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Cubist Work

Much of my work on the projects shown on this website has been completed in one continuous time frame. These cubist inspired works are just the opposite; they have been made over the last 20 years. The starting point for the series was a teaching project to introduce our youngest secondary pupils to the work of Pablo Picasso, with a specific focus on his still life work. I had been fortunate to visit an exhibition of his still life work in Paris in 1992 and the catalogue was the source of much pleasure and information.

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I started with a drawn analysis of some of Picasso’s still lives from his very early cubist period 1908 – 1909, where he uses the subtle tippings of tabletops and a variety of viewpoints. The subject matter often seemed to be items gathered from around his studio – which is what I decided to do, when I began my own drawings. Many of my objects were wooden, the pear and grapes, and the plant was made out of plastic and fabric.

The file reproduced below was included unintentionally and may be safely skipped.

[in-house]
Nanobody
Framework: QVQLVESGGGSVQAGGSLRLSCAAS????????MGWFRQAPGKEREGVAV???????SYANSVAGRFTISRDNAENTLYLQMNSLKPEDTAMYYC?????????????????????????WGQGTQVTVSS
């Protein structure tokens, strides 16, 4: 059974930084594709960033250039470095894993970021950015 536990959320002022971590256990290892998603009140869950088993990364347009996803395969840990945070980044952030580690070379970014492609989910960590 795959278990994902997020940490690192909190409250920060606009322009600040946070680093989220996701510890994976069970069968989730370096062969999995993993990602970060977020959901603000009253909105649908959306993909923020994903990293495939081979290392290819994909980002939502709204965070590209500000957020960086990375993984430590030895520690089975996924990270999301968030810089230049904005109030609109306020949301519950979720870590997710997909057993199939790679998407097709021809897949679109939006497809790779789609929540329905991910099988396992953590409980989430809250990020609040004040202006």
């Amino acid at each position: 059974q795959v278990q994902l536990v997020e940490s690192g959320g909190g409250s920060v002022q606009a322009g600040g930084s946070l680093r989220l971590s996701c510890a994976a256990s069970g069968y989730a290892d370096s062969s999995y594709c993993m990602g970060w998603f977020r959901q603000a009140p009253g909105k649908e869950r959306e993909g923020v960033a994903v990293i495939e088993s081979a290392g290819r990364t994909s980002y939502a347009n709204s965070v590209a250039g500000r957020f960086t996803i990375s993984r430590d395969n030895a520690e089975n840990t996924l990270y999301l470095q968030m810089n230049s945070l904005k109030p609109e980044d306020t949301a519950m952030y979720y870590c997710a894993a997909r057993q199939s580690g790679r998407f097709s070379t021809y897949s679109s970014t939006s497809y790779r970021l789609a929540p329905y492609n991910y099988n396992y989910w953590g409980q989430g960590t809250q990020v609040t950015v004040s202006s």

A small series of drawings were made on February 16th 1993, (dated just like Picasso used to do). These provided the basis for at least the nine prints shown here.

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The pupils developed their drawings into a card relief print, similar to the one shown here. Subsequently, I used the larger tonal drawing to experiment with versions using screen printing (Polite Cubist, Green Pears), intaglio (Pear & Pot) and more recently, upon the receipt of a gift of lino cutters - Lino (Pear & Things).

The accompanying video shows the recent editioning of ‘Pear and Things’ and the reprinting of some of the earlier intaglio work on Mr. Kinley’s Press. Thank you Sorrell.

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Cubist Crimes 2018

 

Screen-print in 3 colours on Somerset Tub sized 310gsm mould-made paper Edition of 20.

 

I was sorting through my Xmas card design material when the key positive for this print fell out of an envelope. I wondered why I hadn’t printed it over 25 years ago when I was first working on this image. I then began to muse on the appropriation of images, as I ‘stole’ the pot in the print from Picasso. But then Picasso stole the sculpture that gave him the facial image in part of Les Demoiselles d’Avignon!

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